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Table 5.11: Representation of Falconiforme elements in the Natufian layer from Hayonim Cave and Hilazon Tachtit.

Vertebrae and ribs are eliminated from analysis since they could not be assigned to a category more specific than medium or large bird.

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Figure 5.6: Falconiformes body part representation by anatomical unit in the Natufian layer from Hayonim Cave (a) and Hilazon Tachtit (b).

Summary of Human Transport Decisions Body size was the primary constraint for transport decisions at Hayonim Cave and Hilazon Tachtit. Small-bodied animals such as hares, partridges, foxes, and felids are represented by the full range of body parts. Certain elements of partridge and raptors are greatly overrepresented, but this is explained by their function as raw material for ornaments and tools. Due to difficulties quantifying portions of the carapace and plastron, the body part representation of tortoises was not presented, yet tortoise carapace, plastron, and limb elements are also abundant at the two sites, while the head elements are missing due to their fragility or because they are simply too difficult to recover. All of the small animals discussed come in easy to manage packages that rarely exceed 1 kg and can be transported over long distances by a single person. With the exception of the carnivores, small game species commonly hunted by the Natufians can live at high

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only the body parts of the avian species were selectively transported. It is difficult to establish whether raptors were captured primarily to acquire raw materials (e.g., bones and possibly feathers), or if valued elements were opportunistically scavenged when encountered.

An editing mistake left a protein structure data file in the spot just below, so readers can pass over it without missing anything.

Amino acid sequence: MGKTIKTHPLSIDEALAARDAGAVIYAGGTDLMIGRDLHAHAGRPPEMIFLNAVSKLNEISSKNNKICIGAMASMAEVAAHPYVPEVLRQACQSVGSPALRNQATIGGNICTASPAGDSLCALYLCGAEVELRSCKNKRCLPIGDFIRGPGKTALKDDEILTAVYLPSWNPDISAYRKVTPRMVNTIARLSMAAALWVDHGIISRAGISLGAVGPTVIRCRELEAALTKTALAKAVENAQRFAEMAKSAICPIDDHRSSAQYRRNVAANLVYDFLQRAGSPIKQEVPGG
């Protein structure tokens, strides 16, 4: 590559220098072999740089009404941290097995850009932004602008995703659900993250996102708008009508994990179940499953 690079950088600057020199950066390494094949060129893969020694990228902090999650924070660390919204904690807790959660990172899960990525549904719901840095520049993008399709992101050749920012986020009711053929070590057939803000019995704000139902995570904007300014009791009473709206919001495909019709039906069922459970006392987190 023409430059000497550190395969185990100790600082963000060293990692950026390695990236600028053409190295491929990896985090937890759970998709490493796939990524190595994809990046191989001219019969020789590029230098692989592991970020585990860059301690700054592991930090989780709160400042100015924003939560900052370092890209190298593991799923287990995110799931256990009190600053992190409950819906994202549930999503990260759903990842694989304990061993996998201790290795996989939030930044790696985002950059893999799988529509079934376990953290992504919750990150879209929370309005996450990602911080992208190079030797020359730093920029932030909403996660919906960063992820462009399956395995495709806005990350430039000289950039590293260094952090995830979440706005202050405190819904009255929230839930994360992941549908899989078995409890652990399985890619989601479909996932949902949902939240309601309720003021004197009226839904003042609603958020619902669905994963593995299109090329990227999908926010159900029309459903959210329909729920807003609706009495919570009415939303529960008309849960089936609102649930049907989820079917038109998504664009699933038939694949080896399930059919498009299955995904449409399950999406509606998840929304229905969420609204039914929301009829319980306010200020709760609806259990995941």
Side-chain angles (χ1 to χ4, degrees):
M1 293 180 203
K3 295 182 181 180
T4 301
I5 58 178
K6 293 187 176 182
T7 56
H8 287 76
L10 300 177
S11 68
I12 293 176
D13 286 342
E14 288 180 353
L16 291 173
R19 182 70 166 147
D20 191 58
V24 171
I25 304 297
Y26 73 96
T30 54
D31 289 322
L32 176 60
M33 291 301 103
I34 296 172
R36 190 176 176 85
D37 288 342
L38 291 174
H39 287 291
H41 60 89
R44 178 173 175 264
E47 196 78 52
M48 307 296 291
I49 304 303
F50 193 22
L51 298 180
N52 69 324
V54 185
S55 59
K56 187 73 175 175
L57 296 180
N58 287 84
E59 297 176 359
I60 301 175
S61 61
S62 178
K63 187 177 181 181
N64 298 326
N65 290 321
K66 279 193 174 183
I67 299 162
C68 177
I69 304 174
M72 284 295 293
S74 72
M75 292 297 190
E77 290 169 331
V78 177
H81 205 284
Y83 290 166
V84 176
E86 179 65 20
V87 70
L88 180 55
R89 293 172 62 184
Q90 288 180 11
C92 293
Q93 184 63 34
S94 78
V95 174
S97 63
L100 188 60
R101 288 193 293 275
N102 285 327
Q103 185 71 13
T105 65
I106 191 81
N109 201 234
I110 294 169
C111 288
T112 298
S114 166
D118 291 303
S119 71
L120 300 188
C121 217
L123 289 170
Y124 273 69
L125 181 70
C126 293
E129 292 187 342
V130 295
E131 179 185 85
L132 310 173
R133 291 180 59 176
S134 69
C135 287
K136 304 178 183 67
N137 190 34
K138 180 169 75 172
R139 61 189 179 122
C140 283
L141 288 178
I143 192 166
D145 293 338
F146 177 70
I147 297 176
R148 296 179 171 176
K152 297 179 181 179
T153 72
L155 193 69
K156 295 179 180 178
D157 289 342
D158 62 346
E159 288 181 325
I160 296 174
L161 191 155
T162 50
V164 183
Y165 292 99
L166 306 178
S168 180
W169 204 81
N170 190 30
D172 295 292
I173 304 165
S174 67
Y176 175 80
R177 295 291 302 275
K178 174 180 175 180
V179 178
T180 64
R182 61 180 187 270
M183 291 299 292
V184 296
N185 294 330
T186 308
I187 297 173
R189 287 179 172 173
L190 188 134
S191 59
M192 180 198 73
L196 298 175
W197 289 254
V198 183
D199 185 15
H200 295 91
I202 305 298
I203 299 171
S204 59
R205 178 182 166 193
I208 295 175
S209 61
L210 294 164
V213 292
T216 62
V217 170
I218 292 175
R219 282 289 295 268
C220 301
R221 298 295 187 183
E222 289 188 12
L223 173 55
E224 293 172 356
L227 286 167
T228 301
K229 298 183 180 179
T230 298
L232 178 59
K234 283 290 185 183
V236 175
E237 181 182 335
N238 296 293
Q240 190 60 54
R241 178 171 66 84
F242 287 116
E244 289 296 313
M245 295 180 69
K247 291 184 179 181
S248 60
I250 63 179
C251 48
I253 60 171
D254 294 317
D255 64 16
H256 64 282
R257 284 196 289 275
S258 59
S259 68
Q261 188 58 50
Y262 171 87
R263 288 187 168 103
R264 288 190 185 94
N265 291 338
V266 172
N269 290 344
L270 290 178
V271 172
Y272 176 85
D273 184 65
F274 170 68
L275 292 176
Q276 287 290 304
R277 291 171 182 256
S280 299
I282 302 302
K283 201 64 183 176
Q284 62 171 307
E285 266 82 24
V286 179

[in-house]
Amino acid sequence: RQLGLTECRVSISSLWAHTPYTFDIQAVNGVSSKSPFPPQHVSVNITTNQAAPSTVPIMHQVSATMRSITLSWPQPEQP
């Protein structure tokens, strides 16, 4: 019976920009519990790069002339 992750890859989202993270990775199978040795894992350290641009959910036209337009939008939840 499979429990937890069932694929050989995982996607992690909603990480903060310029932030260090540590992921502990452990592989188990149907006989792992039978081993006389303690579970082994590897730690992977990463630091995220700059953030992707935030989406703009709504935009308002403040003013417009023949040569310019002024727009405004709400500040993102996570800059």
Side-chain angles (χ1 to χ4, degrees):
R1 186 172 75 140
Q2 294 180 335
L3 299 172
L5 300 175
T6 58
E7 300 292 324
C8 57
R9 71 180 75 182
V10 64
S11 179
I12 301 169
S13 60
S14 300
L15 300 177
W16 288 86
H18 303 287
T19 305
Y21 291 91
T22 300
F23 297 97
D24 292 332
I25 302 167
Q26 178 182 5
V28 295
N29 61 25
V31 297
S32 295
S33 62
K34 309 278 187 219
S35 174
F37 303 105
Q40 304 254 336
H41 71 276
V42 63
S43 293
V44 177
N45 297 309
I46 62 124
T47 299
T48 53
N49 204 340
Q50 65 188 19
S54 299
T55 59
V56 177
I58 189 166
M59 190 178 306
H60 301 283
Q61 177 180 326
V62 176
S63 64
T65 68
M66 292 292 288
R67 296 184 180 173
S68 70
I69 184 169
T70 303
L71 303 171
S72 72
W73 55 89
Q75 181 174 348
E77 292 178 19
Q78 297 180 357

Though gazelles are relatively small ungulates, they are the largest of the common prey species in the Natufian assemblages, and they are the only species other than the Falconiformes that may have been partially butchered in the field. At Hayonim Cave, the heads of gazelle are only half as common as the appendicular regions. Of the heads that were transported, most are males possessing large horn cores. The sex-biased transport of gazelle heads may have been caused by a few factors acting alone or in combination, including the distance transported, but more importantly the sex of the animal and perhaps the season of capture.

When female gazelles were captured far from home, their heads may have been removed to be eaten immediately or to ease the burden of transport. Only a relatively small portion of the head's weight is edible in comparison to other body parts, and it can easily be separated from the body of the animal and roasted. The main edible portions of the cranium, the brains and the tongue, could also have been removed and consumed at the kill site. Still, the removal of the head is not expected to reduce the weight of a carcass by much — the head weighs less than one kilogram in females and less than two kilograms in males (Cope 1991a).

The animal's sex appears to have determined whether or not heads were

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which are several times thicker and longer. Though female horn cores may be more sensitive to post-depositional processes, MNE counts for horn cores are based on its junction with the frontal bone, which is quite dense in both males and females.